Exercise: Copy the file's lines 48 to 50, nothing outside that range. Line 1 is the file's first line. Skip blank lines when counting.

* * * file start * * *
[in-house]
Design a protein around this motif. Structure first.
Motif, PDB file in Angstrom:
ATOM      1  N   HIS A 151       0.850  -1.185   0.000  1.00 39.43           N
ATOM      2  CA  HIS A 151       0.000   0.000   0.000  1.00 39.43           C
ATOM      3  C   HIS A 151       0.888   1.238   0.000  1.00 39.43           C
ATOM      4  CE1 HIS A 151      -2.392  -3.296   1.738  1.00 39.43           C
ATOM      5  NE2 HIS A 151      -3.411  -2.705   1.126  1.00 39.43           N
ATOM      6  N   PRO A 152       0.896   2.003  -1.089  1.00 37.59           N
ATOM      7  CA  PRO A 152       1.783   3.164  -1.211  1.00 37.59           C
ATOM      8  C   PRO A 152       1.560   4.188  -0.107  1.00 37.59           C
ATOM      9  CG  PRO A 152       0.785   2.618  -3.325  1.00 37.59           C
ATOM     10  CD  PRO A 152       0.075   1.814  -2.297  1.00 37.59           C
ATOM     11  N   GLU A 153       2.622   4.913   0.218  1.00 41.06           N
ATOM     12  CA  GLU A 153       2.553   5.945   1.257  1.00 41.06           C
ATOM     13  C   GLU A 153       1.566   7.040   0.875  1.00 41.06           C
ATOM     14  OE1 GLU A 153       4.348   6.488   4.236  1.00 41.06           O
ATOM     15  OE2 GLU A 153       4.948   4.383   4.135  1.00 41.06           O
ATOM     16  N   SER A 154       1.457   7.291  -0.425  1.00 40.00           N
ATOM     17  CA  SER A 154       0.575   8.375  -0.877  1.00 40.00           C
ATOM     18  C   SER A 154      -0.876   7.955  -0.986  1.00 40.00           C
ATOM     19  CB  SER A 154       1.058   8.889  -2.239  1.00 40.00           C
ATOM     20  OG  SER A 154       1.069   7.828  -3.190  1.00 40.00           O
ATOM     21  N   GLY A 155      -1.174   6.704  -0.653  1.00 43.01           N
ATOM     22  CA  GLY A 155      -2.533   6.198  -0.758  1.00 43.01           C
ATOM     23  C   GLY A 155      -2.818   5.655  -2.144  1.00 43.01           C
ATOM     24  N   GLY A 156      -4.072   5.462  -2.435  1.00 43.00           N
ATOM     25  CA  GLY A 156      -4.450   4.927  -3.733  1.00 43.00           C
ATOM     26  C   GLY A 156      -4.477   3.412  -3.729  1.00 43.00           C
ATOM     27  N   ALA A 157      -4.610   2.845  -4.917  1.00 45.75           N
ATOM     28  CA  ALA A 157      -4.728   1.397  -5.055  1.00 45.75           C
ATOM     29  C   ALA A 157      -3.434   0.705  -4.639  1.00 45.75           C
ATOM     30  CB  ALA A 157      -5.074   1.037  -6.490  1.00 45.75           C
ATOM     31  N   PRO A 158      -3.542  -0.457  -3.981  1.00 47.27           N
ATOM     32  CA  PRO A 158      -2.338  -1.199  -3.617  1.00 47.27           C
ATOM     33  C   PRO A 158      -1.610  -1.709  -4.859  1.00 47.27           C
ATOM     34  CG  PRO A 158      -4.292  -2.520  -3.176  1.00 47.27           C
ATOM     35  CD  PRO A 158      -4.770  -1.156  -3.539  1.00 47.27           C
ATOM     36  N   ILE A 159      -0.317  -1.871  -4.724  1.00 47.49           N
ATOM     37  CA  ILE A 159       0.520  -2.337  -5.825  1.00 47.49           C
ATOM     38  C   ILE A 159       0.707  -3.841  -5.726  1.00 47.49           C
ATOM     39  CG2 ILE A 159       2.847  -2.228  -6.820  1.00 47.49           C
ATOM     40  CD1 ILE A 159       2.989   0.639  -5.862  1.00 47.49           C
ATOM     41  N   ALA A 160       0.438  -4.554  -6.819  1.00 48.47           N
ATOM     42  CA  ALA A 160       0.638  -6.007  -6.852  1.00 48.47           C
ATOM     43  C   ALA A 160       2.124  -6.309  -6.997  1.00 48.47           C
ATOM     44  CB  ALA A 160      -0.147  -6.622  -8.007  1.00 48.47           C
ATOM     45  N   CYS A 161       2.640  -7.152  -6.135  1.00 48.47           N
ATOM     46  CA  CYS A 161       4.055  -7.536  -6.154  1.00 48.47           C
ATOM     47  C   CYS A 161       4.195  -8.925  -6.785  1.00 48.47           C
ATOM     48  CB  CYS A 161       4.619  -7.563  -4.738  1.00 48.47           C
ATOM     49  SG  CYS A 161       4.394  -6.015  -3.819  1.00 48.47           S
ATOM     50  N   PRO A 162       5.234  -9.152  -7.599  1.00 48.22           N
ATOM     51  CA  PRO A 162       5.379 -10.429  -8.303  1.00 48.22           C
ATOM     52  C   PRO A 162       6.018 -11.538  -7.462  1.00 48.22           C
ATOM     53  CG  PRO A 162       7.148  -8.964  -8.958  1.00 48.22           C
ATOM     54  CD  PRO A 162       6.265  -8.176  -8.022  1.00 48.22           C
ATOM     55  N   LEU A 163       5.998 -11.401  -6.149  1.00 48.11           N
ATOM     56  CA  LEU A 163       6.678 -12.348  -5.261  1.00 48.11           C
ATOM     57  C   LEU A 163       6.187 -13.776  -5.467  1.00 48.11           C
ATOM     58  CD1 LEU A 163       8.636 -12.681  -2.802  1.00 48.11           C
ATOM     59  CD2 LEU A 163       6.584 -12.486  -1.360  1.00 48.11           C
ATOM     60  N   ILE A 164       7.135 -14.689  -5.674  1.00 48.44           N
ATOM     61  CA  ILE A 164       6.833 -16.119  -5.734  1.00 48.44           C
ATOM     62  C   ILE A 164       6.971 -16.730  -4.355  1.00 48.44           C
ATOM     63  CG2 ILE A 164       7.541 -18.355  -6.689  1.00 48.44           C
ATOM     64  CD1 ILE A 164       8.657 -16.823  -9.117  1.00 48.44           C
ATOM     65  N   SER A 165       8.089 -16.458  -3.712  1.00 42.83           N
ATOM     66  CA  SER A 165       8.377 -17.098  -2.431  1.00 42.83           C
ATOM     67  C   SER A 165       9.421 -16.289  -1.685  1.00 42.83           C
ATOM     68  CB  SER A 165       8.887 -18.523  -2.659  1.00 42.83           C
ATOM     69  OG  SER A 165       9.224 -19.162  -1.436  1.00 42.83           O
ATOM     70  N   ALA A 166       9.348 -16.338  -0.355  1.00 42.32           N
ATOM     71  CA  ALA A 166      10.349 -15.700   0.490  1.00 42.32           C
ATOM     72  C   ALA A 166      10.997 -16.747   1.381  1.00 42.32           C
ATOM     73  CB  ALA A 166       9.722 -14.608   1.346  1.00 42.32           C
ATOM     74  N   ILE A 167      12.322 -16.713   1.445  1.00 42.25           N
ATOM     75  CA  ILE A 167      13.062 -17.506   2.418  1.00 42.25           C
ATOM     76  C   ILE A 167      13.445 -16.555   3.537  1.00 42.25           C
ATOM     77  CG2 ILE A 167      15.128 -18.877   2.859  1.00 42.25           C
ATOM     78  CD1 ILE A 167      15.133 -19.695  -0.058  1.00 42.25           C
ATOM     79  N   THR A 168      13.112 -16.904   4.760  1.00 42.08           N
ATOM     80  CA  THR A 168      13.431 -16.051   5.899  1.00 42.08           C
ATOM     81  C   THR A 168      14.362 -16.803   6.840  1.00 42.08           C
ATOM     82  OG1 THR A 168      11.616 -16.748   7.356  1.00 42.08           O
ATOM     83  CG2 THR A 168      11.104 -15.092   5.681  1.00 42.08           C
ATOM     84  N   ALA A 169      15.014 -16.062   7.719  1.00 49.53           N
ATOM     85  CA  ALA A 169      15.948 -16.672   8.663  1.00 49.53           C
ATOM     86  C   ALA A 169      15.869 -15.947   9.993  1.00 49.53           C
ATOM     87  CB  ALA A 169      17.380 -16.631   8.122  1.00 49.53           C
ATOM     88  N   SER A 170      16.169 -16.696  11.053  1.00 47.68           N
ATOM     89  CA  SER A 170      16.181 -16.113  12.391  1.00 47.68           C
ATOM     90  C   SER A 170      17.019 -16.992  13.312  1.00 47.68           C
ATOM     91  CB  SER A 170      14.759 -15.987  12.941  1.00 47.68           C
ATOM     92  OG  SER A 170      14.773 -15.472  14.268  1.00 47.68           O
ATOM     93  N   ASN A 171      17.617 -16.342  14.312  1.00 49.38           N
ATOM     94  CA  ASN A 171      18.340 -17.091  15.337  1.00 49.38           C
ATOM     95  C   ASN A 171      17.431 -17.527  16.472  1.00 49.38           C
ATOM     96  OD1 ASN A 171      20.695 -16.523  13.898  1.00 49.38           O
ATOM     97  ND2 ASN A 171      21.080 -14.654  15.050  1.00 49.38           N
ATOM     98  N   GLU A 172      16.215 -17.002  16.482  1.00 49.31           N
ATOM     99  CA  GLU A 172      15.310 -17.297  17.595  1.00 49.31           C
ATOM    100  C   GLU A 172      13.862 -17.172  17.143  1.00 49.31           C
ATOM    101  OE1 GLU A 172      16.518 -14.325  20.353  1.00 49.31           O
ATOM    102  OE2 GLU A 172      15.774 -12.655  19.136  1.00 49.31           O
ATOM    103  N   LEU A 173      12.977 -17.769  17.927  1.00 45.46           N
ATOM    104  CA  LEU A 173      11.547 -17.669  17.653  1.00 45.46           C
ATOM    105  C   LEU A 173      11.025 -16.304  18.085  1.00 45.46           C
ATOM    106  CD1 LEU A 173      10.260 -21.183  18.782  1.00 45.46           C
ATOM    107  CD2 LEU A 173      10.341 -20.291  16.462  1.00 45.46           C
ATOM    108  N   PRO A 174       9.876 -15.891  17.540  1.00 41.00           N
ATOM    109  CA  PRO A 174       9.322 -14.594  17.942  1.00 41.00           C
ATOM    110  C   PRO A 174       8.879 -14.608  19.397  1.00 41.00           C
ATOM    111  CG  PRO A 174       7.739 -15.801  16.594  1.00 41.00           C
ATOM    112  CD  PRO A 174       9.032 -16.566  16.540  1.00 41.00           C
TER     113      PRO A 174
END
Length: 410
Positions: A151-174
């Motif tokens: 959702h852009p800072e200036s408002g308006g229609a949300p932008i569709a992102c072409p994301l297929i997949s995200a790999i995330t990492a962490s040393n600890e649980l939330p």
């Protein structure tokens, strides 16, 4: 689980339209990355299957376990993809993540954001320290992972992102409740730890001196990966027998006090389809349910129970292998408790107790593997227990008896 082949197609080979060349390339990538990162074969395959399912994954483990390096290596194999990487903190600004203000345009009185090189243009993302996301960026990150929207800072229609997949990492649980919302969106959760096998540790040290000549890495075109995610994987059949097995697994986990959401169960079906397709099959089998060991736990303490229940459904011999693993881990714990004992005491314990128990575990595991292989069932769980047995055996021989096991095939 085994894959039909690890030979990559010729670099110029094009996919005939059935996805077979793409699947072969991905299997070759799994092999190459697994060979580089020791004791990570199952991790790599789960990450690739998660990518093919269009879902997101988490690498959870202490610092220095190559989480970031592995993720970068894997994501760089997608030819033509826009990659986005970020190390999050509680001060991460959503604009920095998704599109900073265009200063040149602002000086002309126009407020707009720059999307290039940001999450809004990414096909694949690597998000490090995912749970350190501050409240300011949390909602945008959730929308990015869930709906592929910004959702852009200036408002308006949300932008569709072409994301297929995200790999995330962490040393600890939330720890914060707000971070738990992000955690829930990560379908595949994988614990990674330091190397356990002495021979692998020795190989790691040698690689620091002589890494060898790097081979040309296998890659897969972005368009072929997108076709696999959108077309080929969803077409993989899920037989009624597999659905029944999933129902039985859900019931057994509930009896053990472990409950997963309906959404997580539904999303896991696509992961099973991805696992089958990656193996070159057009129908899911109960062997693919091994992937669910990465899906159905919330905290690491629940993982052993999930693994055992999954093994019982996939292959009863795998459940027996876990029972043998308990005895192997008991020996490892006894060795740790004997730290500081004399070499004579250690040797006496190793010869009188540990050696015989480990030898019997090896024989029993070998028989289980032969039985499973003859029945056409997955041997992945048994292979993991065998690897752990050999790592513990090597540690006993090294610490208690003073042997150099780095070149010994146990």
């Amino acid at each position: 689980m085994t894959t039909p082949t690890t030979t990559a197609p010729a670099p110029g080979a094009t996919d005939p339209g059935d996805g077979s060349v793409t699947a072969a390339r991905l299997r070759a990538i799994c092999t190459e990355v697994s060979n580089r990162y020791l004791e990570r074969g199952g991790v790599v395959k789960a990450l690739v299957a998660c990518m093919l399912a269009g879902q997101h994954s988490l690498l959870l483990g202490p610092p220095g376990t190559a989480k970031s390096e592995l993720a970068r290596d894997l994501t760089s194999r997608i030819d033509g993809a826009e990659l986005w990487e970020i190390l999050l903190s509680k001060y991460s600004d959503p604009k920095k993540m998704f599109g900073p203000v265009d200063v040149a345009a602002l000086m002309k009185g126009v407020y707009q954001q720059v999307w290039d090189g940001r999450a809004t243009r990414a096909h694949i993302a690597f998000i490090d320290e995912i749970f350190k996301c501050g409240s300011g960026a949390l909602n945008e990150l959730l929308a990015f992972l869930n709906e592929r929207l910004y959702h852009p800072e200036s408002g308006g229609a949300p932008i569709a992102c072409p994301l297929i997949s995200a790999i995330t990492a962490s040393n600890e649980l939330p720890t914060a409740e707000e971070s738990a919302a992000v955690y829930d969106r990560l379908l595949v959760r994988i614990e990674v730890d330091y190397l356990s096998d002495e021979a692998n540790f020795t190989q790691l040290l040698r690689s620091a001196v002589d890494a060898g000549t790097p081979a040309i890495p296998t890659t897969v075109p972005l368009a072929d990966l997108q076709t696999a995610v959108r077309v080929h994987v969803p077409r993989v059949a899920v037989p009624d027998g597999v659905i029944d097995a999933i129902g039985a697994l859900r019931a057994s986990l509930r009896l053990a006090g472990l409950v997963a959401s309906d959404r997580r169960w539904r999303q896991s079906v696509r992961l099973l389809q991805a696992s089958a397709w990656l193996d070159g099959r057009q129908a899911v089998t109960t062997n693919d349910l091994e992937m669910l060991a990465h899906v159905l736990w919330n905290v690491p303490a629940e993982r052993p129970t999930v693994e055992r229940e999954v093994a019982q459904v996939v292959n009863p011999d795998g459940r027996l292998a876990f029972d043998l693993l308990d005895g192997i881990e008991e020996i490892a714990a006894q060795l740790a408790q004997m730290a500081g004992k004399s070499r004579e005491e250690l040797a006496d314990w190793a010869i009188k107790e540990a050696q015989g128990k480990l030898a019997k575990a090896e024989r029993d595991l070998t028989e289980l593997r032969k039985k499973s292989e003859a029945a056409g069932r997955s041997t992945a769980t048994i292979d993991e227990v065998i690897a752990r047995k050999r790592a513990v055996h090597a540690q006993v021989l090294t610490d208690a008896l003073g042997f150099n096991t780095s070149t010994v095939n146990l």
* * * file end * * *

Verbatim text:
ATOM     45  N   CYS A 161       2.640  -7.152  -6.135  1.00 48.47           N
ATOM     46  CA  CYS A 161       4.055  -7.536  -6.154  1.00 48.47           C
ATOM     47  C   CYS A 161       4.195  -8.925  -6.785  1.00 48.47           C